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WHO TO WATCH: Attorney Alfreda Bester

WHO TO WATCH: Attorney Alfreda Bester

There is never a typical day for Alfreda Tillman Bester.

She is the people’s lawyer.

But let her tell you, while it helps others, she believes that her legal work also brings her closer to God. “Whatever I’m able to do to help someone who doesn’t have a voice or doesn’t know how to navigate the system is my blessing,” she said. “It is a commitment that I have to the community that I can only say is a gift that God gave me,” she continued. “I love what I do because I get to help people resolve conflicts. It’s a blessing for me and it’s a ministry to me.” And it’s something she said she’s always known she’s wanted to do, except for the intermission of a brief childhood dream to become a physician.

Incidentally, she credits Sunday school for teaching her everything she knows about life and human interaction, preparing her for a career in law. And also instilling the notion that there is a remedy for lack of knowledge and so she went forth, earning an undergraduate degree from the University of Southern Mississippi, MBA from McNeese State University, and juris doctorate from Southern University Law Center. All of the education coupled with her communal-caring has led her to tackle some of Baton Rouge’s biggest issues.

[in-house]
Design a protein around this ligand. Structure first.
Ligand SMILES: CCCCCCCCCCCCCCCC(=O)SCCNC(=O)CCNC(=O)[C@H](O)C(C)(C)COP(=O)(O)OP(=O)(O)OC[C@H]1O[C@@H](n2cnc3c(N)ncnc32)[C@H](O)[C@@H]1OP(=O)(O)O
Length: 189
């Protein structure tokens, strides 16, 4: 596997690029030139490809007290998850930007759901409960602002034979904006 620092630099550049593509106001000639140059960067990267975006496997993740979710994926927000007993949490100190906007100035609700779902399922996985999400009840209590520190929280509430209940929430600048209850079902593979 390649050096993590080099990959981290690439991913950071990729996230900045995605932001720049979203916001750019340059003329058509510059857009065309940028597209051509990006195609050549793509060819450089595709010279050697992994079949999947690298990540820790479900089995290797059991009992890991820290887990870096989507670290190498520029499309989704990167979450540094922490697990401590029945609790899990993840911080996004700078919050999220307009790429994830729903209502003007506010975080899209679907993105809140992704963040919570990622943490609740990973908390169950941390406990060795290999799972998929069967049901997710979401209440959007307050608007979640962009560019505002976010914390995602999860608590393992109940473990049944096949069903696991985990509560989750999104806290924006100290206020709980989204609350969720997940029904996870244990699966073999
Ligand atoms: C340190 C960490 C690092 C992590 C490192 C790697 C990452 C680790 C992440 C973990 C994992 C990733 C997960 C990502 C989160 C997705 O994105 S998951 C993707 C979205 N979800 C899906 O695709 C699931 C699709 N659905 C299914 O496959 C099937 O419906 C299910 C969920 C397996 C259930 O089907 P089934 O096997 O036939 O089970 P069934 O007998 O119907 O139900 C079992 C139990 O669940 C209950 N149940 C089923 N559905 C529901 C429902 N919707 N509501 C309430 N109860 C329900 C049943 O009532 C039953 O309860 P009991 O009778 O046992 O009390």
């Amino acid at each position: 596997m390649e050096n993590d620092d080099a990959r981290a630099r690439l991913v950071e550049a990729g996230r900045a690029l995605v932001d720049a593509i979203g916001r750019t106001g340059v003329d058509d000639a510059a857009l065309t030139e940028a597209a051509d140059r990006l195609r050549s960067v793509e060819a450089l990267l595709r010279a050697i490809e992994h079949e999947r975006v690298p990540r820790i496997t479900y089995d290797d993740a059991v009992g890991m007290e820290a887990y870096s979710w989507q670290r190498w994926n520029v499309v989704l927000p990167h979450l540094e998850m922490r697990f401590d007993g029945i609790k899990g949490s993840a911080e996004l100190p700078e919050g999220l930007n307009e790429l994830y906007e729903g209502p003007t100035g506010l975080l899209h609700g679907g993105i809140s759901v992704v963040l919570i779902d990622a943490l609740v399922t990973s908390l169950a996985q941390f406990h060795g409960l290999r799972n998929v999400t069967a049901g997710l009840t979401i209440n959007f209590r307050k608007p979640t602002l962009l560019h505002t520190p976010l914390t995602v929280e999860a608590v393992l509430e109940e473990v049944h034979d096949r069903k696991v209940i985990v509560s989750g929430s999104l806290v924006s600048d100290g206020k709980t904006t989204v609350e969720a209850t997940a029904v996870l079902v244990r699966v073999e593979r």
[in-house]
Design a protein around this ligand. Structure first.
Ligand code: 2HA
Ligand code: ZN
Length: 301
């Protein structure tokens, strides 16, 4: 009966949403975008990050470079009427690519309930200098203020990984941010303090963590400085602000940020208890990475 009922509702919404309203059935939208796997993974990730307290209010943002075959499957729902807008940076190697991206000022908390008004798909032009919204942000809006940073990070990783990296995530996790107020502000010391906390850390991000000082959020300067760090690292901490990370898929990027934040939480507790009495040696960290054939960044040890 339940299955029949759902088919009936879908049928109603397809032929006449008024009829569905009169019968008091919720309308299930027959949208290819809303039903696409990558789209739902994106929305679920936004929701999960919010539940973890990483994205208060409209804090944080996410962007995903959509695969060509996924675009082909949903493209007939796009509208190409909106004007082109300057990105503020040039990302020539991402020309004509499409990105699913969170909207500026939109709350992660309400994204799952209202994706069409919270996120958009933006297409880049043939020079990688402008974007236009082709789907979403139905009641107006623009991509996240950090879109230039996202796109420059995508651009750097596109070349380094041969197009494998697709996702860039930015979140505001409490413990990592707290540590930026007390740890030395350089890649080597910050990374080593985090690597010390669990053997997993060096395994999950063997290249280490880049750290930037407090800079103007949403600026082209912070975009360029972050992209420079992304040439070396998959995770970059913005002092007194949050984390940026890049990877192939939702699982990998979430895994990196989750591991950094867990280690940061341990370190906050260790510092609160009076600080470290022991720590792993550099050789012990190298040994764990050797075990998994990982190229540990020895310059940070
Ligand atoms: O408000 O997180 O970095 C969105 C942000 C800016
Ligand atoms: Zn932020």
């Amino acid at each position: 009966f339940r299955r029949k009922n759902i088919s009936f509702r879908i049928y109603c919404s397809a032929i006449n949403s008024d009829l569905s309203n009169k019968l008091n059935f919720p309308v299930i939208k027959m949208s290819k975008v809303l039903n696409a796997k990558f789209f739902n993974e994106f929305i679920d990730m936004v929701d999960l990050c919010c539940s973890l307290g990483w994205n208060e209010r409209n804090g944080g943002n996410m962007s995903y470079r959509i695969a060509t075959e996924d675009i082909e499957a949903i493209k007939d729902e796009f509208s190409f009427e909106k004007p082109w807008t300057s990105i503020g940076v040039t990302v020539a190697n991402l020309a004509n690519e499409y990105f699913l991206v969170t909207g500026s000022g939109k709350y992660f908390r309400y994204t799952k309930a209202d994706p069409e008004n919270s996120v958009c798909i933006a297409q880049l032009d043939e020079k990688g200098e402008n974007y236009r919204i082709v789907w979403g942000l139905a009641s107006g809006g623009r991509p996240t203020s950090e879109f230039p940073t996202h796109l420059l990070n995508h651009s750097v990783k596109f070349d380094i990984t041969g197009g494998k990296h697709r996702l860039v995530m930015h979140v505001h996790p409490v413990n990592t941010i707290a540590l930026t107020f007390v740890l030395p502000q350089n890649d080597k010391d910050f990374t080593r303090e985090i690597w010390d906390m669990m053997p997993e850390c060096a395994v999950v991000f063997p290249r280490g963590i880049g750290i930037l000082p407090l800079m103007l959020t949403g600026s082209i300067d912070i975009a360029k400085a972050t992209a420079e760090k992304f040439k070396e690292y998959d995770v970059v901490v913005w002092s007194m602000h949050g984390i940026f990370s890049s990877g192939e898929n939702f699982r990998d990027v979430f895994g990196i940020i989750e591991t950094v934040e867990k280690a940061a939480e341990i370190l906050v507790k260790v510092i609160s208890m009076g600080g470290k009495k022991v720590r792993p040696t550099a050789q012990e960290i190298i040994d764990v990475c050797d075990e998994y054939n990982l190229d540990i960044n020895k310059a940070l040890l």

The most notable of her recent work is the fight to preserve representative government at the East Baton Rouge Parish school board. That task included a lawsuit to maintain the districts as they were and continual opposition of the reduction in the number of school board districts.

As an attorney, Bester said she agrees with the popular American idiom “freedom is not free,” and in regards to her community, warns that it is an easily forgettable phrase when one doesn’t understand rights. “You have to learn what your rights are and you have to know how to assert them,” she said. “If you don’t have someone to be that voice for you, then you need to find an organization.” Bester, who works with the NAACP, said the group, popular for its civil rights era work, is the organization to help.

“We work for people who have no voice,” she said. “Everyone associates the NAACP with representing the rights of only Black people and that is just not the case.” Bester also encourages the community to lay its own groundwork, assuring that there is a task for everyone who is willing to improve their surroundings, be it letter-writing or making phone calls. “It’s about us becoming the village again,” she said. “Understanding that we are our brother’s keeper and until everyone – everyone in the community is free – until everyone has the rights that every other person has, none of us will be free.”

And in restoring that village, Bester said it’s important not to wait to consult an attorney, but to call as soon as conflict arises.

By Leslie D. Rose
The Drum Newspaper

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